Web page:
The sound quality of this video isn’t great, but does showcase some of the quality of Michael’s amazing gospel runs performed during the Wembley concerts. Here he is exercising the “call and response” pattern that is the traditional hallmark of blues and gospel (and, in fact, would be an essential element of all Michael’s live performances; it’s this traditional “call and response” pattern, after all, that was at the root of all those “hee-hees” and “ows!”).


Michael’s reputation was rightfully earned as The King of Pop, but as such, it is sometimes easy to forget that he was also one helluva gospel singer. Yet there were many performances that would showcase just what a powerful gosepl singer he was. One example that comes immediatly to mind, of course, is his famous Grammy performance of Man In The Mirror (and indeed, MITM would become his ultimate gospel showpiece). But another fine example is I’ll Be There-especially the way he performed it live, with that wonderful vocal run at the end. I’ve told this story before, but it bears repeating. When I saw This Is It at the theatre for the first time, you could actually hear the collective “oomph” from the audience when Michael performed that run at the end of “I’ll Be There.”  It is a hard reaction to describe, but it’s like that moment I often experience at poetry readings when, say, a poet has just read a particularly moving line that strikes a collective chord; a collective nerve, in the audience. That moment when no one breathes; no one utters a sound, except to say “um” beneath their breaths. You could palpably feel his connection to the audience in that moment, as the “call and response” reaction that is such an ingrained and integral part of both blues and gospel came into play. We were all in his moment; it became our moment. Yes, we wanted to shout! We’ll be there with you, Michael. Every step of the way.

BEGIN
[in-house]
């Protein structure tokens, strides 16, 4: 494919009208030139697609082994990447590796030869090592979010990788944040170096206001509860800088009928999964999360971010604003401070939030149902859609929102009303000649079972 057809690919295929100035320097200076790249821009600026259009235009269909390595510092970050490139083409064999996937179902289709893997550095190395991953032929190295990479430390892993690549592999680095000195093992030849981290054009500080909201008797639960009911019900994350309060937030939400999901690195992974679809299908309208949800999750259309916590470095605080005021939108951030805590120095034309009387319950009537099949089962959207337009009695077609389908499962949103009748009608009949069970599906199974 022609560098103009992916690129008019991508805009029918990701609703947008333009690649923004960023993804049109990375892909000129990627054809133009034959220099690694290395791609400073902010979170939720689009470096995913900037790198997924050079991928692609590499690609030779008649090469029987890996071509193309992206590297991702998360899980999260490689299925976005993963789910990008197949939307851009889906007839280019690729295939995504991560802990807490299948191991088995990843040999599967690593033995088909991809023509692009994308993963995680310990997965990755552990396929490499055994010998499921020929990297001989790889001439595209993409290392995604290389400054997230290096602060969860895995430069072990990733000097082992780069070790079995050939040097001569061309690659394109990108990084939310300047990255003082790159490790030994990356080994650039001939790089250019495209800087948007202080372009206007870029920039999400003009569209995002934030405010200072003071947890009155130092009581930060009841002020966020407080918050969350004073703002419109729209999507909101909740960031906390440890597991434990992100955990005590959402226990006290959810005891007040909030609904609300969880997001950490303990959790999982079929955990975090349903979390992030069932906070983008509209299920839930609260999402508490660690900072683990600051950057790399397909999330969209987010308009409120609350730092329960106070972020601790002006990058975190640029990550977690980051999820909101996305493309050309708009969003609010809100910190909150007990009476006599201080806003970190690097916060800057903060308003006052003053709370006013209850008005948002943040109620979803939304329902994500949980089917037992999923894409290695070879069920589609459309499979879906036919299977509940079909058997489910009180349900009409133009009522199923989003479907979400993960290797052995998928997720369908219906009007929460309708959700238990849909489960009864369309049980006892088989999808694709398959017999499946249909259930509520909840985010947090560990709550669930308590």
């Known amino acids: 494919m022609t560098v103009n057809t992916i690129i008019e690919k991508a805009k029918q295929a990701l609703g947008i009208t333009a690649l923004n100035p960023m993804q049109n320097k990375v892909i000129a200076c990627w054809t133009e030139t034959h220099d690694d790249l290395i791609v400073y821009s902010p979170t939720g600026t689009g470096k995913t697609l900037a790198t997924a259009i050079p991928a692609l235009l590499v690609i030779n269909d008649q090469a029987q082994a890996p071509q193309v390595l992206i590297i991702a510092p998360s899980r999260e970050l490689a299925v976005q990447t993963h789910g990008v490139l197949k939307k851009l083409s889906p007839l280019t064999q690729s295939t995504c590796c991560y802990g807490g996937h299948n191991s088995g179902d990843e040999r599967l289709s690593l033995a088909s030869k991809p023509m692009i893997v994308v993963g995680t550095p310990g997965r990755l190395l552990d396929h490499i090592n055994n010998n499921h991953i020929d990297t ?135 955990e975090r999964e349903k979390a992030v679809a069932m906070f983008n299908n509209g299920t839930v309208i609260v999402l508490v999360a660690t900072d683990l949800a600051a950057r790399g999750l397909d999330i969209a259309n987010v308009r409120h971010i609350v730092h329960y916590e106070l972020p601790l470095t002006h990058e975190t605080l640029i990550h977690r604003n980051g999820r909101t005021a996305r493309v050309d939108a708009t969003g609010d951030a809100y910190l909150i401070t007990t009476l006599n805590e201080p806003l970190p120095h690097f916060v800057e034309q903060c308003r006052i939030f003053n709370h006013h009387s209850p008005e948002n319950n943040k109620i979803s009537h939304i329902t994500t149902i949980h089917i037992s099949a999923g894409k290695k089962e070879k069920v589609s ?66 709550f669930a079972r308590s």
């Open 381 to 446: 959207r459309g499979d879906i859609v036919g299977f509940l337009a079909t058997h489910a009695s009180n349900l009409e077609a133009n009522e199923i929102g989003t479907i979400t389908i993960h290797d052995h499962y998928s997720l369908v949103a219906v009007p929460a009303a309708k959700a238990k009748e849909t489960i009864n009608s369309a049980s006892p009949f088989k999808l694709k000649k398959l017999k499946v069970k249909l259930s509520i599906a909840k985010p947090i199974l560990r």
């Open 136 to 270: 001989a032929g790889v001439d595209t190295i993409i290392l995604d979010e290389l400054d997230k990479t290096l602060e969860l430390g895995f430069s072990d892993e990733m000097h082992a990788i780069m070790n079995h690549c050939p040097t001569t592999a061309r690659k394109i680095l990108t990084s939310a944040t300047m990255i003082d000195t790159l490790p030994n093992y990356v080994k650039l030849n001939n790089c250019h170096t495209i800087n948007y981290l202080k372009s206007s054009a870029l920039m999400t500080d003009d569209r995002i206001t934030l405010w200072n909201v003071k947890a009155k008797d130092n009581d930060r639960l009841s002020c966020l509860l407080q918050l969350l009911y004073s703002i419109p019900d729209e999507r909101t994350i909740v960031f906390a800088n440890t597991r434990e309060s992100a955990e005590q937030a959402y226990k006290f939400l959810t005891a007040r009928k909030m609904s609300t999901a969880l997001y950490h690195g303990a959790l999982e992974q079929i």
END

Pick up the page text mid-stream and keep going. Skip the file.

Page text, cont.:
Moments Like These Weren’t A Rarity During Wembley, But The Norm. His Joy Was-And Remains-Contagious

In watching Wembley, this effect is doubled as Michael seques from I’ll Be There into the impromptu “call and response” ad lib of this little segment (which I call “doggone my baby is gone” for lack of anything more specific to call it, lol).

Then we are in for yet another treat as this powerful little gospel segment segues into a COMPLETE and FULLY LIVE performance of Rock With You, a track that sadly would all but disappear from Michael’s live setlist after the Bad tour. (Dirty Diana would also become a casualty after the Bad tour, yet ironically , perhaps, these songs emerge for me as two of the truly stand-out performances of this concert).

Watch those first few moments after Michael says “I think I wanna rock!” Look at that smile. That is pure, exuberant joy right there. And it is this pure, exuberant joy that carries the performance. Several times he can’t resist the urge to break out in spontaneous grins, whether it’s being caught in the moment, or catching someone’s eye from the sidelines. This kind of goofy interplay might have ruined a lesser performance, but here it is both masterful and perfectly synchronized, without ever once feeling forced. It is also, sadly, the kind of spontaneous joy that we would begin to see less and less of, at least until This Is It, when the intimacy of rehearsal would again connect audiences to that Michael who loved to laugh and just be silly sometimes, even as he was always the perfectionist showman.